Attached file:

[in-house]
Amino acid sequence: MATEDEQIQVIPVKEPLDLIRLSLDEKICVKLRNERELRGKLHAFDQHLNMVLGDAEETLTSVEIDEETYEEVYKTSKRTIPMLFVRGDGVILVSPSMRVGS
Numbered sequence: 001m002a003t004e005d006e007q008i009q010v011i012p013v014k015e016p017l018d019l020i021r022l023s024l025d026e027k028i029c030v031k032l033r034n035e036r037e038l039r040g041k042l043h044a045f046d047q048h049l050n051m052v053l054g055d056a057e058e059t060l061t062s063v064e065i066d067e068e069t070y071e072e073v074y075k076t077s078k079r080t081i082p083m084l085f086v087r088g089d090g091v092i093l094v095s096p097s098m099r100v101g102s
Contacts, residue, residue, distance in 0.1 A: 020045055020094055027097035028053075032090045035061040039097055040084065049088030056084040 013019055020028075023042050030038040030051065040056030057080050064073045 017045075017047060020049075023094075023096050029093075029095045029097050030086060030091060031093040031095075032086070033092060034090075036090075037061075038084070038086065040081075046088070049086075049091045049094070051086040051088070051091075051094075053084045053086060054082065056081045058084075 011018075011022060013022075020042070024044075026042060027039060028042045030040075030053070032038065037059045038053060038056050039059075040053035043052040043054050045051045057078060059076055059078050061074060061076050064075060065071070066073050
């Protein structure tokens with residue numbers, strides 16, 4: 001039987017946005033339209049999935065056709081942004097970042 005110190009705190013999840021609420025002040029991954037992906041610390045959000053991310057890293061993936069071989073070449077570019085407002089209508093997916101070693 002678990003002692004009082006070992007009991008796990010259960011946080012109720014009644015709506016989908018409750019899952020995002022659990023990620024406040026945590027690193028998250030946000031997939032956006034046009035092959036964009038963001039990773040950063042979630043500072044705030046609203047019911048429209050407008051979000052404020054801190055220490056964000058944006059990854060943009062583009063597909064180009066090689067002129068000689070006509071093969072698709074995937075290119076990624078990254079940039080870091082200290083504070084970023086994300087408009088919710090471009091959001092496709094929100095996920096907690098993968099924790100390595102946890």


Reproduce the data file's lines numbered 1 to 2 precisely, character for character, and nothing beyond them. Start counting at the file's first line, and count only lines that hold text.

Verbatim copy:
[in-house]
Amino acid sequence: MATEDEQIQVIPVKEPLDLIRLSLDEKICVKLRNERELRGKLHAFDQHLNMVLGDAEETLTSVEIDEETYEEVYKTSKRTIPMLFVRGDGVILVSPSMRVGS